Press Release
May 22, 2008


Senator Mar Roxas said the executive should restore the people's trust in the country's institutions, by releasing the documents on the National Economic Development Authority-Investment Coordinating Committee (NEDA-ICC) on the controversial National Broadband Network (NBN) deal's approval.

"The NEDA employees themselves could not hide their discontent over how transparency is not being exercised in relation to the NBN deal. It's a resounding call for the truth in governance and for integrity of their institution that the government could not dare ignore," the co-chair of the Senate joint panel investigating the broadband deal said.

"Hindi na matiis ng NEDA employees ang kung papaanong itinatago at ipinagkakait ang impormasyong dati namang bukas sa publiko. Ayaw na nilang madawit at magpagamit sa patuloy na pagtaklob sa katotohanan (The NEDA employees could not stand how information that's normally public is being concealed. They don't want to be used in the continued stonewalling of the truth)," he added.

Roxas, Liberal Party President, noted how executives have continued to stonewall and use delaying tactics on efforts to release the NEDA-ICC documents on the NBN, such as asking for more than 90 days' worth of extension to submit their comments on the petition filed by Roxas and Senator Noynoy Aquino, a fellow Liberal, on October 26 last year.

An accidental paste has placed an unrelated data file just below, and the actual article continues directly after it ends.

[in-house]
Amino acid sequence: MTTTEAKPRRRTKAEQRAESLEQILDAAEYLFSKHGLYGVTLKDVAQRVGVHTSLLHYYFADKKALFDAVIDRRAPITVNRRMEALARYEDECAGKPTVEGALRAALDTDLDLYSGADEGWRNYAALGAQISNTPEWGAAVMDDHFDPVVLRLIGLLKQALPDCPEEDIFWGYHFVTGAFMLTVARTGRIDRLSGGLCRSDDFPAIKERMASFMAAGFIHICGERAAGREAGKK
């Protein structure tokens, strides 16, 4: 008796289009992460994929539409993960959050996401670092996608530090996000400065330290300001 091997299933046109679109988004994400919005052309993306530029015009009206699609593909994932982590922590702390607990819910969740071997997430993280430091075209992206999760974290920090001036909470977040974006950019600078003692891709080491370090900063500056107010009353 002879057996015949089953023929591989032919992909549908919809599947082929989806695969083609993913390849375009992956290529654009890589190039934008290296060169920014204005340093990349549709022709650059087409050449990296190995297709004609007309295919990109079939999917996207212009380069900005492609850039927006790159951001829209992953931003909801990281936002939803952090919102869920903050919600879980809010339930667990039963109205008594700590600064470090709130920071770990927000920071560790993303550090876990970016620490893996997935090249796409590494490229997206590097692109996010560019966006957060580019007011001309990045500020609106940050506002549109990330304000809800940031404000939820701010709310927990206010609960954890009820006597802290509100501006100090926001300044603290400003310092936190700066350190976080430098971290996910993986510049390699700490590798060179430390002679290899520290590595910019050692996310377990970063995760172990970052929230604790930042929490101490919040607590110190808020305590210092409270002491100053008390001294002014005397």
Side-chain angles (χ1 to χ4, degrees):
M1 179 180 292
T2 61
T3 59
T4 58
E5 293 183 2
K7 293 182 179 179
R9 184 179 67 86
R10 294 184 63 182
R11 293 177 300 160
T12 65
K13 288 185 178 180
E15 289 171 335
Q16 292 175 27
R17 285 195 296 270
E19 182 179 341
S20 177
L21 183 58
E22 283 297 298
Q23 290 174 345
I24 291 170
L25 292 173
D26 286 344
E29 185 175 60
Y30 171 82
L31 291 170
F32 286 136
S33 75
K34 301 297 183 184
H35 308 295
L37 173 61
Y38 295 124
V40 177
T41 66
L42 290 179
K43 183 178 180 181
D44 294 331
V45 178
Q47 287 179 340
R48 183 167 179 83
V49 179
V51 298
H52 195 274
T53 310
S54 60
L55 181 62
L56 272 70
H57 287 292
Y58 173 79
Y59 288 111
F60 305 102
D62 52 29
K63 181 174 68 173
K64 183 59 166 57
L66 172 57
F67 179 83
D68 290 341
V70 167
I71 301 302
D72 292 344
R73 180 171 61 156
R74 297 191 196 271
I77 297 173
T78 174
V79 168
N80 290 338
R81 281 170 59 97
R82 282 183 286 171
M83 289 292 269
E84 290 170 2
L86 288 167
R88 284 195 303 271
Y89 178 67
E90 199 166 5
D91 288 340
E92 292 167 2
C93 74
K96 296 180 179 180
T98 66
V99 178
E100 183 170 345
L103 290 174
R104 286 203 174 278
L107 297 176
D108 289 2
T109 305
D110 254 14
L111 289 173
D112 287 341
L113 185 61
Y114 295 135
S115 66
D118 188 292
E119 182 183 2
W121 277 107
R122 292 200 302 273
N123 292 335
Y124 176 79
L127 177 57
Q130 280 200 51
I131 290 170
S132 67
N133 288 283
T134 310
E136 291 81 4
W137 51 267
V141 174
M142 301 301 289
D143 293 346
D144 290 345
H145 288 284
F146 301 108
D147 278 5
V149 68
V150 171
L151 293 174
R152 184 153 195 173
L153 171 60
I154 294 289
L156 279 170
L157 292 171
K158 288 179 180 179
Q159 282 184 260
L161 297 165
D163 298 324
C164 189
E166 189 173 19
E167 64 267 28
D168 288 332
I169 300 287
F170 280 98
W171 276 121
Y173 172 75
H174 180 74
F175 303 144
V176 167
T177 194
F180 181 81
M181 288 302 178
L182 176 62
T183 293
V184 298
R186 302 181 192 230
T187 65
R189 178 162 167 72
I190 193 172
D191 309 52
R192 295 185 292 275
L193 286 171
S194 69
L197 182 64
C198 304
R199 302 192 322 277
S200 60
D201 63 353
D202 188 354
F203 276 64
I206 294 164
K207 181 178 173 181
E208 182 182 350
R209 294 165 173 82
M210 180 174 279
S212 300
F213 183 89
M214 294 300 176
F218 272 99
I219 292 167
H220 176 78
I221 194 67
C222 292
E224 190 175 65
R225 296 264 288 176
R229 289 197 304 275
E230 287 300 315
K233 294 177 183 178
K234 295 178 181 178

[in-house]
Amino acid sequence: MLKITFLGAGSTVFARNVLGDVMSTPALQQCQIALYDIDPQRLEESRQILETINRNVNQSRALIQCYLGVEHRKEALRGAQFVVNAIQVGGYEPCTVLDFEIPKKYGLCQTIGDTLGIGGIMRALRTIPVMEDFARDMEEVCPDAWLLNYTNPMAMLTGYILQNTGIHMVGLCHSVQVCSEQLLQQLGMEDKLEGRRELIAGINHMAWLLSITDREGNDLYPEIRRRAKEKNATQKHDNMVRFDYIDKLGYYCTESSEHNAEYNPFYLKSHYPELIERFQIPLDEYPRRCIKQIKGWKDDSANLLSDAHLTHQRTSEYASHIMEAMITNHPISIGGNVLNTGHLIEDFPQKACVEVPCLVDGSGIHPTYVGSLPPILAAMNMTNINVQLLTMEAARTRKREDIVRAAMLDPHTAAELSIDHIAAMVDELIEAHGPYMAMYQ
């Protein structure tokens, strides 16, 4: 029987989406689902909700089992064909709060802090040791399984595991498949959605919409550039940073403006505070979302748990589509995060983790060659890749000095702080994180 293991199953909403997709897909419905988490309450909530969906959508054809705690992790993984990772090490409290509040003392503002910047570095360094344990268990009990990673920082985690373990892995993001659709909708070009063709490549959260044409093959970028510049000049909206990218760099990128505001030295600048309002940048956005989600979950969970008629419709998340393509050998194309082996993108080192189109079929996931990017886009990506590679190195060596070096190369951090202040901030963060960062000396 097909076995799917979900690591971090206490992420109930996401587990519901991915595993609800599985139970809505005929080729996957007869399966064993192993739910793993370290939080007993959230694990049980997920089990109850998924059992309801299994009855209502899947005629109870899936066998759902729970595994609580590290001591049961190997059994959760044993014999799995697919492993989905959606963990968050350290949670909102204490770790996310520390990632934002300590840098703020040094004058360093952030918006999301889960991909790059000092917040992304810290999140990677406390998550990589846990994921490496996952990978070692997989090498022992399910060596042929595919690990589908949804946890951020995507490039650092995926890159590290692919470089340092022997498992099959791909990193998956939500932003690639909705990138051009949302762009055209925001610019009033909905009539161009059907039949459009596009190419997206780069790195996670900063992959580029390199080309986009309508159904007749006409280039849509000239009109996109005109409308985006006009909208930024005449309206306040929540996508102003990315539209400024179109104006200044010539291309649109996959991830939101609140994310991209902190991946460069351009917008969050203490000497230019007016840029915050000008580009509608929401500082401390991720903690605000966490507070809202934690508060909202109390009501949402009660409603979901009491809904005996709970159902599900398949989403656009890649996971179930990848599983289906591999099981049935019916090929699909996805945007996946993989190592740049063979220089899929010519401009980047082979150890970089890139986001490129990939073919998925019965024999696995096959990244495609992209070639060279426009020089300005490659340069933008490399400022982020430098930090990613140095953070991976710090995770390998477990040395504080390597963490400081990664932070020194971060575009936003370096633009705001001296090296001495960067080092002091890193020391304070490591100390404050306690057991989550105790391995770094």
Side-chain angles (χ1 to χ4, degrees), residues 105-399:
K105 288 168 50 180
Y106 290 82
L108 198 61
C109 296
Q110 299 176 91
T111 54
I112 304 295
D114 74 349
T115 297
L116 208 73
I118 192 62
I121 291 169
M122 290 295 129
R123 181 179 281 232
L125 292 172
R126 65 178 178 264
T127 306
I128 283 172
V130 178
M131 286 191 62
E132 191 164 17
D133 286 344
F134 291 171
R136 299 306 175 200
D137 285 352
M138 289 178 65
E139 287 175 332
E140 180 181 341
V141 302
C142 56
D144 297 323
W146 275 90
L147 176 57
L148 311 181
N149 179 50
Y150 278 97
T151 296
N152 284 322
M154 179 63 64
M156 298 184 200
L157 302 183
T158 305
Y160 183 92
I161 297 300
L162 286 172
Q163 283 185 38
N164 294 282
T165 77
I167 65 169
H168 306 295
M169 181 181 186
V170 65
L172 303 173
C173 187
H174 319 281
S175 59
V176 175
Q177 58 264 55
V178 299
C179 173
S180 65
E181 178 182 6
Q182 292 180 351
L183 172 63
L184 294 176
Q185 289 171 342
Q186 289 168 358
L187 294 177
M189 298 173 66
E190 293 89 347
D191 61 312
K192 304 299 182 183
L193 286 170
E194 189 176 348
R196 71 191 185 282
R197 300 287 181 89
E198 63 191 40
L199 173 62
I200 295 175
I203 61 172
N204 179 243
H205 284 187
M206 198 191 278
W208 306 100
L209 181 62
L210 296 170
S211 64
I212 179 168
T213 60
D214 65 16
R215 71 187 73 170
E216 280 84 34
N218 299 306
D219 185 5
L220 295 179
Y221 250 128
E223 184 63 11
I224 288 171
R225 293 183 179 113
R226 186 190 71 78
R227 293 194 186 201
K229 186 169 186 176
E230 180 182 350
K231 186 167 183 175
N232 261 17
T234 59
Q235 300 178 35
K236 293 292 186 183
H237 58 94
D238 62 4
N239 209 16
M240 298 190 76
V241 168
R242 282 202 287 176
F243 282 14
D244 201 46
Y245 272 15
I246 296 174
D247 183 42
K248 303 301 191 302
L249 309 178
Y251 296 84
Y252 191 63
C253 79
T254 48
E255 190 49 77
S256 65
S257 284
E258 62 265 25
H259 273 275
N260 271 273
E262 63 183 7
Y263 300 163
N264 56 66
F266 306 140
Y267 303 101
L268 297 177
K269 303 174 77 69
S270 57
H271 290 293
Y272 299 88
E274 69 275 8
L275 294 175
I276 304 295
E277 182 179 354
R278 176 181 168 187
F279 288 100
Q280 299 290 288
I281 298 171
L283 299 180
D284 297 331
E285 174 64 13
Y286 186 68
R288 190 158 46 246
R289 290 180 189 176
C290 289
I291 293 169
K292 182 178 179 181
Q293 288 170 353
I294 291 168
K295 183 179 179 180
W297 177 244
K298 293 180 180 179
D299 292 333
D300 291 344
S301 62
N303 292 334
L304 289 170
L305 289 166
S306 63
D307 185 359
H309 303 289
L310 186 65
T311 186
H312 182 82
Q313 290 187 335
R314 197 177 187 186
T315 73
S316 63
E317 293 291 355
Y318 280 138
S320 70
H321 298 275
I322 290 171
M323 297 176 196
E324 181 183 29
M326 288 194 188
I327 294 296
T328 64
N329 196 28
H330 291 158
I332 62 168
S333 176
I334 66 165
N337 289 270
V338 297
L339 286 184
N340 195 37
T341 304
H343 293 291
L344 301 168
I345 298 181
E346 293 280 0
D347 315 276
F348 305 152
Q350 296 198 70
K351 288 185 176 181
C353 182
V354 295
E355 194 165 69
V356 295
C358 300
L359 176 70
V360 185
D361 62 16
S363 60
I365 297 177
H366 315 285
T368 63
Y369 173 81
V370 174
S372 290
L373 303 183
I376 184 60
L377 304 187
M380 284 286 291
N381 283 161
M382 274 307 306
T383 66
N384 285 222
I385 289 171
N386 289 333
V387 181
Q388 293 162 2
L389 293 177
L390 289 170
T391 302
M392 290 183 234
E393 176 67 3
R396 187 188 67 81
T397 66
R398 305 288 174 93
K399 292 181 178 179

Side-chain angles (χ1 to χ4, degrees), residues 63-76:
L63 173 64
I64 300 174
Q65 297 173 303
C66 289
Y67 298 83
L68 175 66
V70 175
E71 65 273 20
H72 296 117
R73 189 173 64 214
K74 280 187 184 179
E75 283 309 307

"These documents are key to finding out the root of this fiasco: on how and why the government suddenly decided that the NBN--previously a private-sector, build-operate-transfer project, with no government expense or guarantee--will be engaged as a government-funded project, with a loan to be shouldered by the public," he stressed.

"The administration has adopted a 'minimal disclosure policy' through the incorrect and irresponsible use of 'executive privilege.' This is what we seek to correct through this petition, and even with this, they are stonewalling instead of facing the issue squarely," he added.

Roxas is author of Senate Bill No. 109, the Free Information Act, that would require government offices to answer requests for public information within two days, and would impose penalties on those who are unable to provide this information, unless a valid reason is given. A counterpart bill has been passed by the House of Representatives on final reading, last week.

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